Energy use: winter policy

Diverting additional usage to power sector in the winter months seems more about reducing its tab for winter subsidies


September 23, 2021

While the government continues trying to paint its decision to hike gas prices for residential consumers as a good thing, millions of consumers are bracing for what is, to them, a gut punch. The gas price hike is supposedly part of the government’s effort to encourage a shift towards electricity consumption during the winter months, although its effectiveness as a strategy remains up for debate. The plan really has less to do with helping consumers and more with rewarding terribly-run state-owned enterprises, specifically power and gas distributors.

Among other things, the decision forces consumers to spend significant amounts on shifting their home heating to electrical sources. While the government says it is “critically important” to conserve energy by “switching to energy-efficient appliances”, there have not been any policy measures to make such appliances more affordable. Even though we have been assured that incentives to encourage people to buy such appliances are forthcoming, recent policies have actually done the opposite, making high-quality appliances unaffordable even for wealthier people.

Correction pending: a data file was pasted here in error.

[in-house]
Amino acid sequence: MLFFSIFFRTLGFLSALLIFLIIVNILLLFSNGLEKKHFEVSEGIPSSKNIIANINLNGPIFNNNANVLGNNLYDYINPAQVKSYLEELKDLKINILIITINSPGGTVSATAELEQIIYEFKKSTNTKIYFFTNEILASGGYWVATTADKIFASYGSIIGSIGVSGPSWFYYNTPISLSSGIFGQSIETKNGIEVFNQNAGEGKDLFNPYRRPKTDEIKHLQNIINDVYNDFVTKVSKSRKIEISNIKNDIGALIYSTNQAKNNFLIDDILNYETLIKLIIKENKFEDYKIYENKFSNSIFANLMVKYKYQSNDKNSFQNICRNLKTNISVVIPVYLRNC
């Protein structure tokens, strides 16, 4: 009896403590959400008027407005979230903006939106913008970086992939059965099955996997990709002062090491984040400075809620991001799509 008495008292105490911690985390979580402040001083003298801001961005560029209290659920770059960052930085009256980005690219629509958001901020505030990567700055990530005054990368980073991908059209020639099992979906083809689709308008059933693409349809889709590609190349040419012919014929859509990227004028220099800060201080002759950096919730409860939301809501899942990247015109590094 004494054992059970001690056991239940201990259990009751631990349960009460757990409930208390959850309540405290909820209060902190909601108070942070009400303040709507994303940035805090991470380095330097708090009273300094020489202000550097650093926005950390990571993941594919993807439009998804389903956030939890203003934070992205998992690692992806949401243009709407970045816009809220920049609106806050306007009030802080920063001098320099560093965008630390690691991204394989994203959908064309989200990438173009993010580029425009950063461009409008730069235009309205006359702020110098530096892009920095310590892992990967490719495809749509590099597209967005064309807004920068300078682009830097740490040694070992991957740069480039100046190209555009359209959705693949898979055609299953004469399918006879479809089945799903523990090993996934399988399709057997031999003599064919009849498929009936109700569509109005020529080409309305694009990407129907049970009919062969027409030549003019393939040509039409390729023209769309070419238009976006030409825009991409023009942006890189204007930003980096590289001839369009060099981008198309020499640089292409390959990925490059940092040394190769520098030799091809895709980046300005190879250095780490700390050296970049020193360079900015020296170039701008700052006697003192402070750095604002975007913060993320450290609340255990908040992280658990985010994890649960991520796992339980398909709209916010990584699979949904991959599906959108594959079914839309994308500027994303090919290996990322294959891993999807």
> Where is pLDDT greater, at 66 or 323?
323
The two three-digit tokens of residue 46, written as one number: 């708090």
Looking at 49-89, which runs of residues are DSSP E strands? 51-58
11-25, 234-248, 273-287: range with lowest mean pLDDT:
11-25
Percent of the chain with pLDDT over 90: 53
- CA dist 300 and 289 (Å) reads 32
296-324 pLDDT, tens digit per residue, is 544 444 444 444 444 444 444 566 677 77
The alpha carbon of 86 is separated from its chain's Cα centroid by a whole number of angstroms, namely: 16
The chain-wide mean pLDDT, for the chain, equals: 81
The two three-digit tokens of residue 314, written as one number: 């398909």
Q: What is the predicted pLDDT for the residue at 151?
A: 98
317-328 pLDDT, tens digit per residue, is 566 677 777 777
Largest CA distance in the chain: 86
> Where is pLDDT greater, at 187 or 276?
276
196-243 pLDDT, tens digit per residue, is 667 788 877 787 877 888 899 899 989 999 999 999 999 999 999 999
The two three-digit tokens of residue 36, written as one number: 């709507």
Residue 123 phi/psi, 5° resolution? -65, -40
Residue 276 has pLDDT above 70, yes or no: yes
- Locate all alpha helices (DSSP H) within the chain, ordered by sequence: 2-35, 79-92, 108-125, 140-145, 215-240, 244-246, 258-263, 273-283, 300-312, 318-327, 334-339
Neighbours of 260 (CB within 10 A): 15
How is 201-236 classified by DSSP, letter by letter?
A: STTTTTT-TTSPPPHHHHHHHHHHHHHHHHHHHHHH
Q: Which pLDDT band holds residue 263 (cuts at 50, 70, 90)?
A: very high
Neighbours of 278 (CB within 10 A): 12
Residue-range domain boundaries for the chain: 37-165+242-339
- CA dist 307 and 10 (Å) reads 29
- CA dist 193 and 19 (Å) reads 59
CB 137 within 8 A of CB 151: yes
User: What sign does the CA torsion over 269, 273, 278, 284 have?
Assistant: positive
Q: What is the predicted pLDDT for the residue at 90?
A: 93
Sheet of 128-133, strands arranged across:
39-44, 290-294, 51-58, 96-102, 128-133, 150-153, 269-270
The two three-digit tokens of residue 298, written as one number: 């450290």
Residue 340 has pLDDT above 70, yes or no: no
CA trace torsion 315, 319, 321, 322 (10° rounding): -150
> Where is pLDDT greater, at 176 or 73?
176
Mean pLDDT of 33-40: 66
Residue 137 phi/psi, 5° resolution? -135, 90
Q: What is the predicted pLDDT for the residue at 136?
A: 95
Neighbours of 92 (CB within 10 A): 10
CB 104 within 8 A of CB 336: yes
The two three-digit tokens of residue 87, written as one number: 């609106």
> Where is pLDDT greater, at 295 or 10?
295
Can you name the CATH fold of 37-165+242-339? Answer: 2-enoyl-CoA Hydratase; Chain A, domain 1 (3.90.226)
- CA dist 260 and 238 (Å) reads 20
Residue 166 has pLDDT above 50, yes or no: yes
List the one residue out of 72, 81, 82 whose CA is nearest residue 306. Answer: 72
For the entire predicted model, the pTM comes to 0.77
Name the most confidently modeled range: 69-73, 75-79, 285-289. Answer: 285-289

And while the grid can easily handle increased demand if a significant number of people do shift, there are no guarantees that the promised electricity rate cuts in winter will last, or if they will even come, considering that they fly in the face of the IMF’s demands relating to electricity pricing. Middle-income consumers, already hit by high inflation and stagnant income, could be left with no leg to stand on. Meanwhile, continuing tariff increases allow bodies such as gas distributors to ignore the inefficiencies that keep them from becoming self-sustaining, such as overstaffing, distribution network failures, and theft.

As for the government’s argument that the import of LNG is a drain on foreign exchange, what do financial planners have to say about the billions spent on fuel for power plants? This fuel is also imported, and demand will rise if customers switch to electricity in the winter months. The truth is that the government still has miles to go to fix the power sector, and diverting additional usage to it in the winter months seems more about reducing its tab for winter subsidies to power plant operators and passing the pain on to consumers.

Published in The Express Tribune, September 23rd, 2021.

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